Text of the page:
5. Brazil (-3)

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    Brazil vs. Belgium felt a very close, very even matchup on paper, and the on-pitch delivery backed that sentiment. You got the feeling that if it was played 10 times, they'd each win five.

    The Selecao were ripped open defensively early on and were dealt a stroke of misfortune with the opening goal but responded well in the second half. They created enough chances to turn a 0-2 scoreline into a 3-2 but only converted one.

    Another World Cup giant falls.

4. England (+2)

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    For the first time since 1990, England will appear in a World Cup semi-final. It's a fact that still hasn't quite sunk in for some.

    The 2-0 quarter-final win over Sweden was smooth. It took a while for The Three Lions to get going, but once the first goal went in, they never looked like losing control of matters. Pickford was forced into action a few times, but there was a serenity to proceedings that felt unexpected.

    It might be that once a team gets a handle on England's set piece strengths then they're stopped, but there have been no signs of that so far.

3. Croatia (+2)

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    It's a good thing Ivan Rakitic has nerves of steel, because that's twice that Croatia have forced him to convert under pressure in a penalty shootout to progress.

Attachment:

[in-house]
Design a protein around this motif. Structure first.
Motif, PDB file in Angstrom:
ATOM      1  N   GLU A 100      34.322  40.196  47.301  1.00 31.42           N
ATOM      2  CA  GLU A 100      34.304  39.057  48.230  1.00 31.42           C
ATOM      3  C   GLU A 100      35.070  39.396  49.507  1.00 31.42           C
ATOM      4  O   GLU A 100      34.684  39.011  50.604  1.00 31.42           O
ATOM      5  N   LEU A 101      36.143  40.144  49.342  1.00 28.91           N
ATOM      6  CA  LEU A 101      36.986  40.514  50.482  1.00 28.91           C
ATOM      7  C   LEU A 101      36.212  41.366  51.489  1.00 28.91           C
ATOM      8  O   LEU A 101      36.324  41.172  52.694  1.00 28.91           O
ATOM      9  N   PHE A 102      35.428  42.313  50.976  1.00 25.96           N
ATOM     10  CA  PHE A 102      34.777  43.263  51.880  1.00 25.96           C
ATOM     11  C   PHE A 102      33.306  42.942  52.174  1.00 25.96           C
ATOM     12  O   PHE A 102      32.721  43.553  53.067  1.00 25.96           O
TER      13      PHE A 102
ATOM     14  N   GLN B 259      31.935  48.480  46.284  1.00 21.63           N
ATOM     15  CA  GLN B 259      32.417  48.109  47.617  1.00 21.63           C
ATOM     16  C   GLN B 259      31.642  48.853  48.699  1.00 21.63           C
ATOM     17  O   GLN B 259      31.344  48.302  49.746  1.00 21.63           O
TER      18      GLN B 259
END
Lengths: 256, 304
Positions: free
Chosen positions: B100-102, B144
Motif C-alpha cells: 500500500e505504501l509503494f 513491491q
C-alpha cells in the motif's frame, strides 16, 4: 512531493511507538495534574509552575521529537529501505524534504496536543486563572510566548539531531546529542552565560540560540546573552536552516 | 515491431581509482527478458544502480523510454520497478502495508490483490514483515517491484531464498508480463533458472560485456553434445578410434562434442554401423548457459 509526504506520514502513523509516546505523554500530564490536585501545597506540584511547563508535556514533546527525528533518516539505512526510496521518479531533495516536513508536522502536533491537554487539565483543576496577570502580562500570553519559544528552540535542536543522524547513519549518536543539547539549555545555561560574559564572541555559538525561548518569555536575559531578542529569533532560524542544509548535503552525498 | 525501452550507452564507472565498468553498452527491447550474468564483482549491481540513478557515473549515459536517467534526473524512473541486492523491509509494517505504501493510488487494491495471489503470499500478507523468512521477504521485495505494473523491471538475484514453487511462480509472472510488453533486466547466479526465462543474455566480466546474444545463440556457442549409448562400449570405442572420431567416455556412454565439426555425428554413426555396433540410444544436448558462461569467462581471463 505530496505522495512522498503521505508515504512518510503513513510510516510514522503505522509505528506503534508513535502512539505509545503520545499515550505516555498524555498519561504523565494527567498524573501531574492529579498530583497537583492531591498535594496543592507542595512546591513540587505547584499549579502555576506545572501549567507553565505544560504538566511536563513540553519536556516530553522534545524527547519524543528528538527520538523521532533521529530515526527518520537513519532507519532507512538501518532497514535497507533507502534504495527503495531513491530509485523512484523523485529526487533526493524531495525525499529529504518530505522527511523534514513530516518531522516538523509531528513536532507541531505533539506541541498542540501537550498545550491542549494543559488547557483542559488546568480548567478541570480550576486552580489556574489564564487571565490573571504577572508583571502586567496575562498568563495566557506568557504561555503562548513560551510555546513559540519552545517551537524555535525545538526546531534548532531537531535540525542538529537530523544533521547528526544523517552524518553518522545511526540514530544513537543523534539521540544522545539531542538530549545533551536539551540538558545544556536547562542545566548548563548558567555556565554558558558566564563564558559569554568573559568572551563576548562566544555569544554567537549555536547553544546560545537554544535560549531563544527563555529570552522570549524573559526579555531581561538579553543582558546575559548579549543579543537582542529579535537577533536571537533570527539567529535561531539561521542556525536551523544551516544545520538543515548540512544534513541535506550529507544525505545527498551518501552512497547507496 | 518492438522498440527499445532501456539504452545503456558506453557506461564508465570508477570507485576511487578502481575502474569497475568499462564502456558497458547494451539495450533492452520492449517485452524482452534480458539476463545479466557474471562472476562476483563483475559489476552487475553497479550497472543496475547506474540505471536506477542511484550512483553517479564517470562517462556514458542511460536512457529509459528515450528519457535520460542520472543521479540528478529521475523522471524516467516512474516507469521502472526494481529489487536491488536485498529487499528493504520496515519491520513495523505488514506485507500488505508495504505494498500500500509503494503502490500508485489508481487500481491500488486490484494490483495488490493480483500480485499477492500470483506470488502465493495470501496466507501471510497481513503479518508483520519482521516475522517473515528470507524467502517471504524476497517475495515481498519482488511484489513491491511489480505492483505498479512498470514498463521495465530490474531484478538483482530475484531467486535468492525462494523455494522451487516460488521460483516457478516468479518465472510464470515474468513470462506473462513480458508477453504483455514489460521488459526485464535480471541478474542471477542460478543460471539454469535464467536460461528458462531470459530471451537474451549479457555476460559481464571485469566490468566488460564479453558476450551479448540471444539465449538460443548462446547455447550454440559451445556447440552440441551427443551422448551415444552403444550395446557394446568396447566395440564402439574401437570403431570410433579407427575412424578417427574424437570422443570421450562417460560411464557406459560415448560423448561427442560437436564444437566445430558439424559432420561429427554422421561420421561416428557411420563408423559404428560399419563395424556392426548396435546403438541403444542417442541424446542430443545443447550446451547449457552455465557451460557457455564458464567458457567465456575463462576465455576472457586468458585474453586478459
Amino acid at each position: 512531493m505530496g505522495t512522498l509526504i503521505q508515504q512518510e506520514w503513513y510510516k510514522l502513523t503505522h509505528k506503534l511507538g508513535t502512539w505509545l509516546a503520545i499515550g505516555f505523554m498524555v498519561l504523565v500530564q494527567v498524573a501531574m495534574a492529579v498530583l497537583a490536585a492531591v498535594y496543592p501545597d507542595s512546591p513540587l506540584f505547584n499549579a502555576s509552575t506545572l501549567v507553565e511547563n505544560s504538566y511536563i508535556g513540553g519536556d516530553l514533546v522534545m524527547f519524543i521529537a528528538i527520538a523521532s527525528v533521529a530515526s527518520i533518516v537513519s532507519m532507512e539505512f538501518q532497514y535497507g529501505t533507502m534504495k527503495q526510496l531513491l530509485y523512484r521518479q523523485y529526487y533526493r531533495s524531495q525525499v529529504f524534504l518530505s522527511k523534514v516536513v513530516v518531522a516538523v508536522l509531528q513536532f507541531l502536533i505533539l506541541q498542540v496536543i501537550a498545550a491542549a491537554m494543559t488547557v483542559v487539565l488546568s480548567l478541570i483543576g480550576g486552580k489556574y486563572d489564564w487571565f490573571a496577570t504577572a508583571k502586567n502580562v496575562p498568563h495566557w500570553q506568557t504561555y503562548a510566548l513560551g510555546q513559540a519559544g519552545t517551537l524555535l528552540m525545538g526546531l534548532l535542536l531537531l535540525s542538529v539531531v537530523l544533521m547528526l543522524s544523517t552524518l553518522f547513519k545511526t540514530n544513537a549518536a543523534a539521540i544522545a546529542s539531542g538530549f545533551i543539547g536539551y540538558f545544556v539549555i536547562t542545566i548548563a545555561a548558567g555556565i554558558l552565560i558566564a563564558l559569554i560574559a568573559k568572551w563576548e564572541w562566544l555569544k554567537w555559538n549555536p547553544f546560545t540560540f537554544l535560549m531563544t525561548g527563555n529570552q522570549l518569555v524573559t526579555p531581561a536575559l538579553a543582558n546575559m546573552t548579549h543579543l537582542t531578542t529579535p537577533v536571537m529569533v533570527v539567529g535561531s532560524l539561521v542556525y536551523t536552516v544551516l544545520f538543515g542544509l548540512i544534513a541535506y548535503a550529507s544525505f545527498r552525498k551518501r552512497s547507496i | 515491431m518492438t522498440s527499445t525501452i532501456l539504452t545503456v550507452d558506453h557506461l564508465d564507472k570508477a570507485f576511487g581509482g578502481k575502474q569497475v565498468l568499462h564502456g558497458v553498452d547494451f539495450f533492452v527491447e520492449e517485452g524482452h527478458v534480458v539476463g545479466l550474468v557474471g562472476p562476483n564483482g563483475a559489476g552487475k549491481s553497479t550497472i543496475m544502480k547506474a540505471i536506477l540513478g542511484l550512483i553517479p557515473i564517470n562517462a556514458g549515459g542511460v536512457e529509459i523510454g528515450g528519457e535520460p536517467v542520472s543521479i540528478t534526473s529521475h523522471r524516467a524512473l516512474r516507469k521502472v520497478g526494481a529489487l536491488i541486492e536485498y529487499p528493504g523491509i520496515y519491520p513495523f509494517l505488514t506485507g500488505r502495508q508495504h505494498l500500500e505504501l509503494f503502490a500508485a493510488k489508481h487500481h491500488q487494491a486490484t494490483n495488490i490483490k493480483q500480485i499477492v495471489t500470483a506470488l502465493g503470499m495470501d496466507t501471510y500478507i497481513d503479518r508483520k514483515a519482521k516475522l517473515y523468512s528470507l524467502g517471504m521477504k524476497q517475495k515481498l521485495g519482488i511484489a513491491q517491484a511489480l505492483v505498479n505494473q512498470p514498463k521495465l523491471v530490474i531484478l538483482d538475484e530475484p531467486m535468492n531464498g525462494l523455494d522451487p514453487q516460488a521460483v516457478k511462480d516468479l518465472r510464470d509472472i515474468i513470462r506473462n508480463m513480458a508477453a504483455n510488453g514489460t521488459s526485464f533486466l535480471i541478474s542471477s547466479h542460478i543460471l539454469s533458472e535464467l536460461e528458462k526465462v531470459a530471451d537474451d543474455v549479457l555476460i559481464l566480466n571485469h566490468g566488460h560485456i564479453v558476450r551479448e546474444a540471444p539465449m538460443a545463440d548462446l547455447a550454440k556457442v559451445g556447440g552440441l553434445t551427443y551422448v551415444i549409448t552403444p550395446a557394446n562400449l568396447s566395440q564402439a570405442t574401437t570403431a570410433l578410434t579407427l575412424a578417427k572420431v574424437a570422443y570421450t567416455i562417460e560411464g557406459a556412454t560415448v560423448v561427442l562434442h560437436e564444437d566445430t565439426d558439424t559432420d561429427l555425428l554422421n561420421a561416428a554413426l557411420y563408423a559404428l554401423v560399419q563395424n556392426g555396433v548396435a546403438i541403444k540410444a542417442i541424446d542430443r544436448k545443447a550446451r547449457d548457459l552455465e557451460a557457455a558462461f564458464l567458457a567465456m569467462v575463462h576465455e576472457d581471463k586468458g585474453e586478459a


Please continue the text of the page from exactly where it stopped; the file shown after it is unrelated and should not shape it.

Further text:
You wonder if back-to-back 120-minute excursions will take its physical toll; in the dying moments against Russia, Mario Mandzukic was dead on his feet, begging for the final whistle, and several others looked spent.

    The Vatreni we've seen in the knockouts is nothing like the one we saw in the groups, as they've stumbled through two games against tangibly weaker opposition. You'd still probably favour them in their matchup against England on Wednesday, though, given the class of Luka Modric, Ante Rebic and Co.

2. Belgium (+2)

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    World Cup lesson learned: Don't let Belgium play on the counter-attack!

    Romelu Lukaku, Eden Hazard and Kevin De Bruyne sliced through Brazil in transitions to great effect on Friday, playing interpretive roles and using the spaces that naturally opened up.

    Lukaku lined up off the right flank so he could drive into the space Marcelo left when attacking, though he drifted inside to cause damage, too—and did so in the build-up to De Bruyne's spectacular goal.

    They shut up shop and rode their luck a little at the end, thanking the post, Thibaut Courtois and possibly a lenient referee when it came to penalty decisions, but they hauled themselves over the line.

1. France (Stay)

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    Some will consider France fortunate to have met Uruguay while they were without Cavani's services, but they still had to beat a very good team that did their best to nullify them at every turn.

    It took a header from a set piece to find a way through—Antoine Griezmann's clever double-stutter creating room where there usually is none. Until that point, Uruguay had dominated aerially, and Diego Laxalt had done a fine job of stopping Kylian Mbappe from gaining steam.

    But with the first goal in the bag, Les Bleus entered control mode—and they looked very good doing so. A mature performance followed, and the second goal, however fortuitous, placed the game out of their opponents' reach for a 2-0 final.

    They play a ferocious Belgium side on Tuesday. It's going to be a cracker.